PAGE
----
- Posted by Johanna on July 23, 2011 at 2:44 pm
- Category: Superhero Reviews
- CREDITS: written by Matt Fraction; art by Salvador Larroca
- PUBLISHER: Marvel; $3.99 US
I’ve heard the Fear Itself event was originally supposed to be just a Thor story (thus the Norse gods), based around that title, which is written by Matt Fraction. Maybe that’s why this issue is remarkably coherent in bringing us up to speed with what’s going on; it’s also written by him. I found it very helpful in providing clarity as to the current state of affairs, with everyone in Paris turned to stony rubble, and Washington, D.C. under attack.
That assumes, though, I care about what’s going on in Fear Itself. I don’t. I’m just waiting for everyone to team up, find whatever the magic Maguffin is, and banish the gods so we can get back to superhero stories that are better reads.
On the minor level, though, there is a lot I enjoyed about this issue. I like the idea of Tony having to get drunk to summon Odin. (He has to make a sacrifice of what’s dearest to him: his sobriety.) Although the master of the Norse god forge, Splitlip, is the same kind of curmudgeonly foul-mouth you’ve seen in all kinds of entertainment, he’s still amusing. Especially since all his cursing comes out as runes.
Fraction has an excellent voice for distinctive characters. When he’s able to just write Tony Stark, I like it a lot. And the supporting cast always leaves me wanting more, as they should. Stark needs someone to look after him, and although Mrs. Arbogast is also a familiar character type, the strong mother, she makes me feel better for Tony.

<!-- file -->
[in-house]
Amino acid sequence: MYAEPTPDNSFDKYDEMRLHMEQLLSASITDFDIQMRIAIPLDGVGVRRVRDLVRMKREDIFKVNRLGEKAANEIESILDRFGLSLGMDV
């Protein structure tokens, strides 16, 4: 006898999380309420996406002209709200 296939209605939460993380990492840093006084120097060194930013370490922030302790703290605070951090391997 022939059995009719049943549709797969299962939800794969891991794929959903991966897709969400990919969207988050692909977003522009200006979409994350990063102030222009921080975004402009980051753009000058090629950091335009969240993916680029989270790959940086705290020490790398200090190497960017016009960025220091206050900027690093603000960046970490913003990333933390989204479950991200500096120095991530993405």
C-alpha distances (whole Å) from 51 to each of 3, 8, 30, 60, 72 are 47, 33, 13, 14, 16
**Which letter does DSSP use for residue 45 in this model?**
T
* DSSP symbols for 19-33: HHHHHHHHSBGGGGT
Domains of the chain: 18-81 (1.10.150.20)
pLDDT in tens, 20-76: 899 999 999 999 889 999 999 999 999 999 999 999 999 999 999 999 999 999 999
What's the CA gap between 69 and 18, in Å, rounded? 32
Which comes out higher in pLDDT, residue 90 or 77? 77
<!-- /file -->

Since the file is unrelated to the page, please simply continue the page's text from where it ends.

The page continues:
As with so many modern comics, this issue is dialogue-driven, but instead of wasting time being wordy or pumping out text to fill space, the conversations establish what’s going on, bring us up to speed, and let us in on the characters’ thoughts and feelings. At one point, a character even holds the reader’s hand in recognizing the virtue: she points out that too much talking reveals that she’s nervous and babbling.
The art is coherent and attractive without seeming posed or frozen. That should be the minimum, but since so often it’s not, props to Salvador Larroca for handing both office and Norse god scenes well. I certainly don’t recommend anyone pick this up unless they’re already following the title or Fear Itself or both, but it was a nice example of how to play well with a crossover event.